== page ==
Fundraising is exactly as it sounds. Generally fundraising is reserved for the VP role and up. At the associate or senior associate level, you’re sales support and won’t have tons of opportunity to build relationships. In sales support you do tons of ppt work, as well as moderate excel work (nothing compared to IB/PE deal team). Your hope is to get continued shots on goal with investors until you’re given some form of coverage responsibility.

Comp varies drastically, but at a successful PE shop it may broadly follow the below (all in). Comp tends to be maximized at mid size to large firms as they value the role. When a fund is too large, capital comes to you. When a fund is too small, they can’t afford to pay that much (it’s also just harder to raise capital).

Associate - $200-275k

Senior Associate - $275-350k (have seen this as high as $450k)

VP - $350-550k + Carry

Principal/Director - $550-750k + Carry

MD - $750k-up + Carry

At the MD level you tend to see comp gap out. Successful senior fundraisers can demand $1-2m+ with carry upside. The most successful fundraisers stick with a fund and help build a franchise, and in doing so demand large cash comp + carry, usually this requires getting a partner or equivalent title.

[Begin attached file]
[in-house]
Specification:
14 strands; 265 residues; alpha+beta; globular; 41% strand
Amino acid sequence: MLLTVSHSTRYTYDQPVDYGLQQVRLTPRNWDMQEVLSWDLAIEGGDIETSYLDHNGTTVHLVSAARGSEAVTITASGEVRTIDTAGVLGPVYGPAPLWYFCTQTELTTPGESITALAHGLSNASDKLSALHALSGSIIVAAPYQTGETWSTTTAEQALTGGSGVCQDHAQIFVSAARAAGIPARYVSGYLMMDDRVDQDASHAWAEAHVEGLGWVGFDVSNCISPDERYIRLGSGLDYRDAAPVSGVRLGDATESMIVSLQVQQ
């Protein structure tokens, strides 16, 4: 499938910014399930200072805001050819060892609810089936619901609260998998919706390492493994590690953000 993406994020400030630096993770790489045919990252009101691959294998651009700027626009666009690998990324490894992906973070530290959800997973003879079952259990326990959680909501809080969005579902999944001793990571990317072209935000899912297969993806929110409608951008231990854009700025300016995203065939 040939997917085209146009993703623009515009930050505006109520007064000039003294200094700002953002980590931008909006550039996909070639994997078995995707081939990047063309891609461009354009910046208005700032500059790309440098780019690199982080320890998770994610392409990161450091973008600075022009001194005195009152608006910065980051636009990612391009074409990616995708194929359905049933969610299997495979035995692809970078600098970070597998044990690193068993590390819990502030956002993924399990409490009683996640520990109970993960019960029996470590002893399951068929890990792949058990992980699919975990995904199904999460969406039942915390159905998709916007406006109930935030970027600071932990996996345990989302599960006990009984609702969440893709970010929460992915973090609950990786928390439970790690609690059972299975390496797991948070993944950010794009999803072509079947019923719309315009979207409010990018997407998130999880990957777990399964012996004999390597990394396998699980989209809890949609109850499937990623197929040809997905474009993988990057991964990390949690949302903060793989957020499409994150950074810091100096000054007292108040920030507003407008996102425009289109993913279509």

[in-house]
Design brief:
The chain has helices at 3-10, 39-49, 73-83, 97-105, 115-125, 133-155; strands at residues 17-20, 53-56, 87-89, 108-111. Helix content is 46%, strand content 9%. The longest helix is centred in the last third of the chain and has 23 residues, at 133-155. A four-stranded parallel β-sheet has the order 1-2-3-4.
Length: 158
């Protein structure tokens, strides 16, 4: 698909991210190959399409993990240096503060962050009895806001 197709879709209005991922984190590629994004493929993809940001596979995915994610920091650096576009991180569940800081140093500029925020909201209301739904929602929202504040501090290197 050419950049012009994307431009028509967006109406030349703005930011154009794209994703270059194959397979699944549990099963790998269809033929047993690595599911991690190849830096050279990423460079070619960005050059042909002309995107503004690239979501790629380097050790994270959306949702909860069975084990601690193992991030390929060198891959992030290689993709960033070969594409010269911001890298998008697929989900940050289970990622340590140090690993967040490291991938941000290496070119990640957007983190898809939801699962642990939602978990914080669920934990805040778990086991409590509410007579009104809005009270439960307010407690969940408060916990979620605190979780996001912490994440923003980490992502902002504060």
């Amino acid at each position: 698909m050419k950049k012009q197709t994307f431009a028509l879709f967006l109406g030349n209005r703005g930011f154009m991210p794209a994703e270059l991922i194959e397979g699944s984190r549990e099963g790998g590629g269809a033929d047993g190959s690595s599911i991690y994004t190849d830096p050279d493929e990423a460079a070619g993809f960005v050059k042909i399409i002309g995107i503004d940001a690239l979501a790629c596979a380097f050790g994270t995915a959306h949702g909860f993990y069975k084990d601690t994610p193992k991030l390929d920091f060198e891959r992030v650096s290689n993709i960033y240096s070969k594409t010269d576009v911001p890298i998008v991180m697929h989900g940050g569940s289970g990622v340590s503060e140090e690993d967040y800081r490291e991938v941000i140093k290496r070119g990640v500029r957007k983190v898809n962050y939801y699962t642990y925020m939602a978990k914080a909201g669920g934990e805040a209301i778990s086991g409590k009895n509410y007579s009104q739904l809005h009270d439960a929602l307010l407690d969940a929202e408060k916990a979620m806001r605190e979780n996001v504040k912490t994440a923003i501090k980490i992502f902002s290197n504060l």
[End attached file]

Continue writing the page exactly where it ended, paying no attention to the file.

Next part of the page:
From a work life balance perspective, speaking from experience it’s highly volatile. When you’re in fundraising mode you could push 80-100 hours/week alongside significant travel. Once you close a fund, your week will revert to 40-60. At large funds you’re almost always fundraising because by the time 1 fund finishes raising, another is ramping up.

 

Not in IR myself but a close family friend held a senior position in IR at a $15bn AUM firm in Europe. From my understanding, there was A LOT of traveling with a very packed schedule. He was based in London and it was not unusual to fly to Asia for 2 days and have 5 meetings in 3 different countries. Think it's a great job if you enjoy traveling, speaking to people and are a good salesman. The guy I know eventually got tired of all the traveling as he started a family and transitioned to an investment role.

 

Assuming previous deal experience was part of each transition you have seen but wonder what other factors were at play? 

From my experience, there are 2 types of IR people:
-The schmoozers who know just enough to be dangerous on the surface but have no technical abilities whatsoever
-Former deal folks who pivoted in IR or technical product specialists who can dive just as deep into funds and deals as anyone else from the investment team.